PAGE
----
Forecasting accuracy of wind power technology diffusion models across countries
AbstractWind power technology is analyzed in terms of diffusion, with incentive effects introduced as exogenous dynamics in the Generalized Bass Model (GBM) framework. Estimates and short-term forecasts of the life-cycles of wind power are provided for the US and Europe, as they have similar geographic areas, as well as for some leading European countries. GBMs have the best performance in model selection, and are ranked first in terms of forecast accuracy over a set of different accuracy measures and forecasting horizons, relative to the Standard Bass, Logistic, and Gompertz models.
Download InfoIf you experience problems downloading a file, check if you have the proper application to view it first. In case of further problems read the IDEAS help page. Note that these files are not on the IDEAS site. Please be patient as the files may be large.
As the access to this document is restricted, you may want to look for a different version under "Related research" (further below) or search for a different version of it.
Bibliographic InfoArticle provided by Elsevier in its journal International Journal of Forecasting.
Volume (Year): 27 (2011)
Issue (Month): 2 (April)
Contact details of provider:
Web page: http://www.elsevier.com/locate/ijforecast
Diffusion models Bass Logistic Gompertz Wind power Forecasting accuracy Incentives;
Please report citation or reference errors to , or , if you are the registered author of the cited work, log in to your RePEc Author Service profile, click on "citations" and make appropriate adjustments.:
- Frank M. Bass & Trichy V. Krishnan & Dipak C. Jain, 1994. "Why the Bass Model Fits without Decision Variables," Marketing Science, INFORMS, vol. 13(3), pages 203-223.
- Patrik Söderholm & Ger Klaassen, 2007. "Wind Power in Europe: A Simultaneous Innovation–Diffusion Model," Environmental & Resource Economics, European Association of Environmental and Resource Economists, vol. 36(2), pages 163-190, February.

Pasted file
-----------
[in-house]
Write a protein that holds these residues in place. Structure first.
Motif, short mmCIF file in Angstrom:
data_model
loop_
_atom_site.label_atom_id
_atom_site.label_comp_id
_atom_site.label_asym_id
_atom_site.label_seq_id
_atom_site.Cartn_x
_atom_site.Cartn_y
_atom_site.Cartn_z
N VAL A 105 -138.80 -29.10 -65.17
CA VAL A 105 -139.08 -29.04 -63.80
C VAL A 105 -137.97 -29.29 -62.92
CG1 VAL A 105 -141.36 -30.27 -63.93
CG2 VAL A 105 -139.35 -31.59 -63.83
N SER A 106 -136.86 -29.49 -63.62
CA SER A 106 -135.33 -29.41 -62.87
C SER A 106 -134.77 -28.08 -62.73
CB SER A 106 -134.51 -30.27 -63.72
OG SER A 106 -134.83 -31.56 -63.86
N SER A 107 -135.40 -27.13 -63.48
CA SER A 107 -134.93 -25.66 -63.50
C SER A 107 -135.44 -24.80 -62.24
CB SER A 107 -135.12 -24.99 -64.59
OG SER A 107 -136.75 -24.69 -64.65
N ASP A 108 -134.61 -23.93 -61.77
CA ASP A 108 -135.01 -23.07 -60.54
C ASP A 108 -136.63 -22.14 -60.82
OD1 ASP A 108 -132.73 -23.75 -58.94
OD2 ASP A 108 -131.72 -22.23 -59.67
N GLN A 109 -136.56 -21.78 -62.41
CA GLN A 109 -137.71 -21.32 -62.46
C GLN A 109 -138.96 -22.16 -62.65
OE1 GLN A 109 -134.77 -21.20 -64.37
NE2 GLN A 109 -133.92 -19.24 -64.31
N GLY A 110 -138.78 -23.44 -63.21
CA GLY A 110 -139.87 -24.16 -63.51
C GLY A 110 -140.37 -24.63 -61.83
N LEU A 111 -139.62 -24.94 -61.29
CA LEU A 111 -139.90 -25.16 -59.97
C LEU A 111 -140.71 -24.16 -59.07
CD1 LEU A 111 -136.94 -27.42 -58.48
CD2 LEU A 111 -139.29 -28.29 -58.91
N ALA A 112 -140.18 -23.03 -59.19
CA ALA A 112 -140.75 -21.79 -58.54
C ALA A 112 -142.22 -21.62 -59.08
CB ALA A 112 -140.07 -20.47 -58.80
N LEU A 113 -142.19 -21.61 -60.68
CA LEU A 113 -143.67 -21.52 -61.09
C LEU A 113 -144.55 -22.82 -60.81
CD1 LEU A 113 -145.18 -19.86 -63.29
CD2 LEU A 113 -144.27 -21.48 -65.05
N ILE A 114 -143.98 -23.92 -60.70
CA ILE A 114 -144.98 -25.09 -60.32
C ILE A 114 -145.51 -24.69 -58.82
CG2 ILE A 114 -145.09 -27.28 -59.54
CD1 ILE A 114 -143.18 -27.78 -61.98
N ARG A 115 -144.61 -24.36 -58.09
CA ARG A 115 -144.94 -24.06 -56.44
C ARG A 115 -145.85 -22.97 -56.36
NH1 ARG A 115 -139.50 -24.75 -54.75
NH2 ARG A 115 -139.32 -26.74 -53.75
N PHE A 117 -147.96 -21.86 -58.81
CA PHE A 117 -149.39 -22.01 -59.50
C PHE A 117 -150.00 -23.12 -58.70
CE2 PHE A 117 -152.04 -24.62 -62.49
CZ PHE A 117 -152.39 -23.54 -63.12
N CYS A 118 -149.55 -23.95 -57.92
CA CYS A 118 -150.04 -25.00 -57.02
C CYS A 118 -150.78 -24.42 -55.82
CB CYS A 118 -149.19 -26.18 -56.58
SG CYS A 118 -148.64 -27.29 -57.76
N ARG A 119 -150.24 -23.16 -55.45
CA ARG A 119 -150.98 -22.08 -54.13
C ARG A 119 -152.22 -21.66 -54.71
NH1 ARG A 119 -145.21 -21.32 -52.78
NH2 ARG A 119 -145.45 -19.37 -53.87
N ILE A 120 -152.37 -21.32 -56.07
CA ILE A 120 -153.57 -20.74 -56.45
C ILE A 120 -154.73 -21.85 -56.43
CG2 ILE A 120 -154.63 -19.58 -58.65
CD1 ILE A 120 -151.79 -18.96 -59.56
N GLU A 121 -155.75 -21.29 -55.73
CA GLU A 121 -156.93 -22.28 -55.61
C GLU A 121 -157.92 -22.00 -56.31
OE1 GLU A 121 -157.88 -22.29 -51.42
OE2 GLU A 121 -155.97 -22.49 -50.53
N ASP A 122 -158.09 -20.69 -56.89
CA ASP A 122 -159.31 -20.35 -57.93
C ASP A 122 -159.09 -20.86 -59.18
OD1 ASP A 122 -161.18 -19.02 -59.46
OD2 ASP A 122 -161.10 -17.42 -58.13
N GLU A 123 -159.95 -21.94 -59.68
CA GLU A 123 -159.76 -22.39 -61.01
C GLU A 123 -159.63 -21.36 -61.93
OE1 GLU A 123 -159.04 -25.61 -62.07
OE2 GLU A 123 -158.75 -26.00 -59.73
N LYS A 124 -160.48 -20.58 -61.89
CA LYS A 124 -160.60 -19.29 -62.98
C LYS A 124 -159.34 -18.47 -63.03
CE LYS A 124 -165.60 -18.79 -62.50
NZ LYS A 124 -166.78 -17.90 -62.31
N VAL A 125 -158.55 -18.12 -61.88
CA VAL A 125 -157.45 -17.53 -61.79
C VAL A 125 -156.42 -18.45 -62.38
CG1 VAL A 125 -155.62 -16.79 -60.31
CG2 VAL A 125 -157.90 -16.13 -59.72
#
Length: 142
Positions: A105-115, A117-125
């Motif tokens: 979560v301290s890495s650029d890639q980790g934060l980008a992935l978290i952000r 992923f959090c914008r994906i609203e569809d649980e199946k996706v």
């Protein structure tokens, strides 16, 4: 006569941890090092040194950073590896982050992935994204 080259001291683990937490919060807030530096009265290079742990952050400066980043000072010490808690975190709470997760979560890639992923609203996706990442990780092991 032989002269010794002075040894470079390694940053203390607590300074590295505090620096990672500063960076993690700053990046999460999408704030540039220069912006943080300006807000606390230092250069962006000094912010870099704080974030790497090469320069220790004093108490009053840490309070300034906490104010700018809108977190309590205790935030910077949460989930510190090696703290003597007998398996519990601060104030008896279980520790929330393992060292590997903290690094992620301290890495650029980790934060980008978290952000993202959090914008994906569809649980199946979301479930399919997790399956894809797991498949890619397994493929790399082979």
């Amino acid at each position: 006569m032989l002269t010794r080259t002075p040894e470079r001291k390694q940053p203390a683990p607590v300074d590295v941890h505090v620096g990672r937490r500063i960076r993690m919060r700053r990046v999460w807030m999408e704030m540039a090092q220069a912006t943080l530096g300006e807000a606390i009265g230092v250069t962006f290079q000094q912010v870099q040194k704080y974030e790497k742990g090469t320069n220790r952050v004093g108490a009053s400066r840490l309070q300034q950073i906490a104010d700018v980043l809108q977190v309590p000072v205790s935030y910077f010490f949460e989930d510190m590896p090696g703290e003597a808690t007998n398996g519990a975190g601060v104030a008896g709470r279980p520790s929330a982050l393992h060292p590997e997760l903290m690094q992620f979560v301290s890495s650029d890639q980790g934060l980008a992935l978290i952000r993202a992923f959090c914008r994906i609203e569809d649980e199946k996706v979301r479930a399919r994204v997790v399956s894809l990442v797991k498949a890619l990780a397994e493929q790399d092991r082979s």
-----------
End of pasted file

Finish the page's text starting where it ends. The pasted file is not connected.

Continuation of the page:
- Armstrong, J. Scott & Collopy, Fred, 1992. "Error measures for generalizing about forecasting methods: Empirical comparisons," International Journal of Forecasting, Elsevier, vol. 8(1), pages 69-80, June.
- Islam, Towhidul & Fiebig, Denzil G. & Meade, Nigel, 2002. "Modelling multinational telecommunications demand with limited data," International Journal of Forecasting, Elsevier, vol. 18(4), pages 605-624.
- Ben Maalla, El Mehdi & Kunsch, Pierre L., 2008. "Simulation of micro-CHP diffusion by means of System Dynamics," Energy Policy, Elsevier, vol. 36(7), pages 2308-2319, July.
- Tashman, Leonard J., 2000. "Out-of-sample tests of forecasting accuracy: an analysis and review," International Journal of Forecasting, Elsevier, vol. 16(4), pages 437-450.
- Makridakis, Spyros & Hibon, Michele, 2000. "The M3-Competition: results, conclusions and implications," International Journal of Forecasting, Elsevier, vol. 16(4), pages 451-476.
- Meade, Nigel & Islam, Towhidul, 2006. "Modelling and forecasting the diffusion of innovation - A 25-year review," International Journal of Forecasting, Elsevier, vol. 22(3), pages 519-545.
- Snyder, Brian & Kaiser, Mark J., 2009. "A comparison of offshore wind power development in europe and the U.S.: Patterns and drivers of development," Applied Energy, Elsevier, vol. 86(10), pages 1845-1856, October.
For technical questions regarding this item, or to correct its authors, title, abstract, bibliographic or download information, contact: (Zhang, Lei).
If you have authored this item and are not yet registered with RePEc, we encourage you to do it here. This allows to link your profile to this item. It also allows you to accept potential citations to this item that we are uncertain about.
If references are entirely missing, you can add them using this form.
If the full references list an item that is present in RePEc, but the system did not link to it, you can help with this form.
If you know of missing items citing this one, you can help us creating those links by adding the relevant references in the same way as above, for each refering item. If you are a registered author of this item, you may also want to check the "citations" tab in your profile, as there may be some citations waiting for confirmation.
Please note that corrections may take a couple of weeks to filter through the various RePEc services.